<em>“Our necessities never equal our wants.”</em>
— Benjamin Franklin
My editor does not want me to use the word “thoughts” in my columns where I discuss many issues in short blurbs. But as that word is alliterative to the word Thanksgiving—and we are supposed to be thoughtful on Thanksgiving—I think I can coax him into letting it go this one time.
— Thanksgiving has always been special for me. I wrote last year about how I was angered by the “Christmas Creep” essentially hijacking November. Those who want our money are so libidinous in their avarice that they have destroyed the much more sincere and thoughtful holiday that used to be known as Thanksgiving.
Consider, if you will, that a close friend of mine informed me this week that he has to be in work by 5 PM on Thanksgiving so that some of you lecherous cretins can shop for Christmas gifts on the holiday.
What price do you place on your dignity?
Do you really need to save money on gifts so badly that you spend your Thanksgiving sitting outside a box store, sitting on a folding chair freezing, waiting for them to open their doors? Is Christmas just one long month of spending money?
Nothing shows the difference between the haves and have-nots more than forcing retail workers to miss Thanksgiving so that you can be a raging bull stepping over other morons trying to get a raffle ticket that can earn you the privilege of buying a television cheaply.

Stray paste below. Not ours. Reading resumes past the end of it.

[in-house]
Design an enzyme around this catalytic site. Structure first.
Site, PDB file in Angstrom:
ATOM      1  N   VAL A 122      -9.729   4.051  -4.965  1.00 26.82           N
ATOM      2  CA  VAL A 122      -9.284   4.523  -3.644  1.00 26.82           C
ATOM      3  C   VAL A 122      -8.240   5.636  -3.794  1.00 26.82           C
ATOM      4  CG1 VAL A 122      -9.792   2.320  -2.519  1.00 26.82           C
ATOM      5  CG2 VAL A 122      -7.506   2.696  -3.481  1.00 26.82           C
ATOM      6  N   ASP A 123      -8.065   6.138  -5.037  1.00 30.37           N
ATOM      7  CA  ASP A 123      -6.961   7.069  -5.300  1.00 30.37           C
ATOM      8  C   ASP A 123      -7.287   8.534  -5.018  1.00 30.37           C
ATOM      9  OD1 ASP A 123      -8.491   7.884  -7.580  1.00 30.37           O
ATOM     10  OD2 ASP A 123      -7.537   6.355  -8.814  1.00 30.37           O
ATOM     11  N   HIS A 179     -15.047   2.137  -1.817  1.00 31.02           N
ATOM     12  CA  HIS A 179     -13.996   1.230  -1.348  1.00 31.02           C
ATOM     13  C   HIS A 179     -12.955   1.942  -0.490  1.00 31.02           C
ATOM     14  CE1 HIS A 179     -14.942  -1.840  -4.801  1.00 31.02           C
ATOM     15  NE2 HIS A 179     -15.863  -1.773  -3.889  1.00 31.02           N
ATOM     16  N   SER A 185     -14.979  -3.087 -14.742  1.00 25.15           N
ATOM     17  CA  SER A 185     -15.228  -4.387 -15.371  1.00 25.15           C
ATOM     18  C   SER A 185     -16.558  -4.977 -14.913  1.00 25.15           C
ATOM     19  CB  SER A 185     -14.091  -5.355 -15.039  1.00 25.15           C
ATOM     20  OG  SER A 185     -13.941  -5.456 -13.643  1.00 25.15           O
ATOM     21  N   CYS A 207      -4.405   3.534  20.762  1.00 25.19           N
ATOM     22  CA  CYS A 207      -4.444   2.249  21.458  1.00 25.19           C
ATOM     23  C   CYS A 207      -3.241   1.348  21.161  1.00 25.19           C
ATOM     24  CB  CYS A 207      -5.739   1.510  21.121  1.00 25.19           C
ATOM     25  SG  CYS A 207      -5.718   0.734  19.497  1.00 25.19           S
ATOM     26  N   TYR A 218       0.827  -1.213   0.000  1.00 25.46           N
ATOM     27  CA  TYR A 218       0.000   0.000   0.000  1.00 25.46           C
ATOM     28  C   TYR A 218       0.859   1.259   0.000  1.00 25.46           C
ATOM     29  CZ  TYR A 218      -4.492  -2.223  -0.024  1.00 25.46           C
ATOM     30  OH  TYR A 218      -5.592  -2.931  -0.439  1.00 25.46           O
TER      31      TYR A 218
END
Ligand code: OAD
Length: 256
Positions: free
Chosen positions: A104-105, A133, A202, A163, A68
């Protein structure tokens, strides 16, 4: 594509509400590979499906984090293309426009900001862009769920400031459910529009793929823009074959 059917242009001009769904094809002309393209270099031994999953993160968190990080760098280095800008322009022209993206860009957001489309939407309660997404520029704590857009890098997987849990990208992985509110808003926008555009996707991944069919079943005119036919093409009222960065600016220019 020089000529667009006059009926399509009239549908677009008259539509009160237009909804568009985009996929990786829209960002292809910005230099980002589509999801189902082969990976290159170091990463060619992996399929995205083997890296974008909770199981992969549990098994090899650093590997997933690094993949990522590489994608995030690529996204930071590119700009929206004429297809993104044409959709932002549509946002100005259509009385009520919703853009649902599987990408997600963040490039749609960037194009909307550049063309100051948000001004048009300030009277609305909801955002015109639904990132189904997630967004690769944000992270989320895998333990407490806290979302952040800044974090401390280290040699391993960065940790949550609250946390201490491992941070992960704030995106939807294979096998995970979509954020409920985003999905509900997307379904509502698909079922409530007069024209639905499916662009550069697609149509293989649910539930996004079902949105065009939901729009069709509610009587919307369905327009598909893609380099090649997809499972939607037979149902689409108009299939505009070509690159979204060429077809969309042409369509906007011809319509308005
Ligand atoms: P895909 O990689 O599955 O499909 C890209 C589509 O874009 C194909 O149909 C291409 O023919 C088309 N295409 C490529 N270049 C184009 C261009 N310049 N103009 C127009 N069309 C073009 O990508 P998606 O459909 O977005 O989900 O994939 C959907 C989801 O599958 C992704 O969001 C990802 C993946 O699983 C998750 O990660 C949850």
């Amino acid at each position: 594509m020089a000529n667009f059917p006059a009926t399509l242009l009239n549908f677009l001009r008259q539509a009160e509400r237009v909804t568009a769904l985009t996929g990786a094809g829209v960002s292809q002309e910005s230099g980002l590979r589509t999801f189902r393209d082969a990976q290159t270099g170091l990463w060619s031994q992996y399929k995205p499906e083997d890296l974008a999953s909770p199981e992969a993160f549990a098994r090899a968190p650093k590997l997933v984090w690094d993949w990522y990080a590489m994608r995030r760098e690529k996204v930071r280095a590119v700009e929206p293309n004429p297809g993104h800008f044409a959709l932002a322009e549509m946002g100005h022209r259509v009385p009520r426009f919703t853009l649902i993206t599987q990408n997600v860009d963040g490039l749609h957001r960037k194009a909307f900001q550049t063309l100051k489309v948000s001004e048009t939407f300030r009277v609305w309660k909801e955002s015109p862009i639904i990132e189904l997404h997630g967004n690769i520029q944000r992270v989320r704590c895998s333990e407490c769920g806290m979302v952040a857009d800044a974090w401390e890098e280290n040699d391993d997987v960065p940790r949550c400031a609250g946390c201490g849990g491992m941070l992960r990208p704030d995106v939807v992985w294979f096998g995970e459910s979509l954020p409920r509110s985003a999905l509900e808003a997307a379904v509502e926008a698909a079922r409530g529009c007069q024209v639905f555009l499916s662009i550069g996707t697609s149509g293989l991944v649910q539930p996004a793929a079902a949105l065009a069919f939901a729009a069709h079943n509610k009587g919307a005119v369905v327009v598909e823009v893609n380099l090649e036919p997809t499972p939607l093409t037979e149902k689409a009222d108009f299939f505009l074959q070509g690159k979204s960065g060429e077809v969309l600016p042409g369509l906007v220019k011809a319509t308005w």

Spend Thanksgiving in your home, with people you love, eating food and generally being happy. The money you save elbowing fellow lost souls in Wal-Mart can’t compensate for losing the true meaning of Thanksgiving.
— For those of you unfamiliar with the term “Irish Twins”, allow me to define it for you. They are siblings who were born within a year of each other. For at least one day, both siblings have to be the same age. My two older children are Irish twins.
Every year on November 22nd, 23rd and 24th, my son Vincent catches up to his older sister Rita only to see her turn a year older on the 25th. The jokes are plentiful on those three days. This year has been a little more sentimental for me. My daughter will turn 18 on November 25th. It is very difficult for me to admit that I am getting old. Having a daughter become a legal adult has made that nearly intolerable.
One day they were toddlers playing in a room strewn with baby toys. Within the blink of an eye, they are high schoolers talking about what they will do in college and beyond. My immaturity can only hide so much. On Tuesday, my daughter will be an adult. My son is following close behind her. The photographs of them as inseparable babies is all I have left. They grow up too damn fast.
— As a proud Philadelphian, this Thanksgiving will have to be dedicated to football. The NFL decided to put my beloved Philadelphia Eagles in Dallas to take on the Cowboys for one of this year’s Thanksgiving games.
I wonder if the NFL knew that this season was the 25th anniversary of the “Bounty Bowl.” A game that many Eagles fans look back at fondly; especially given our complete dearth of Super Bowl championships in our unimpressive trophy case.
On November 23rd, 1989, the Eagles swaggered their way down to Dallas to play a Cowboys team that was rebuilding. Gang Green were the defending division champs. Dallas was in Year One under new head coach Jimmy Johnson.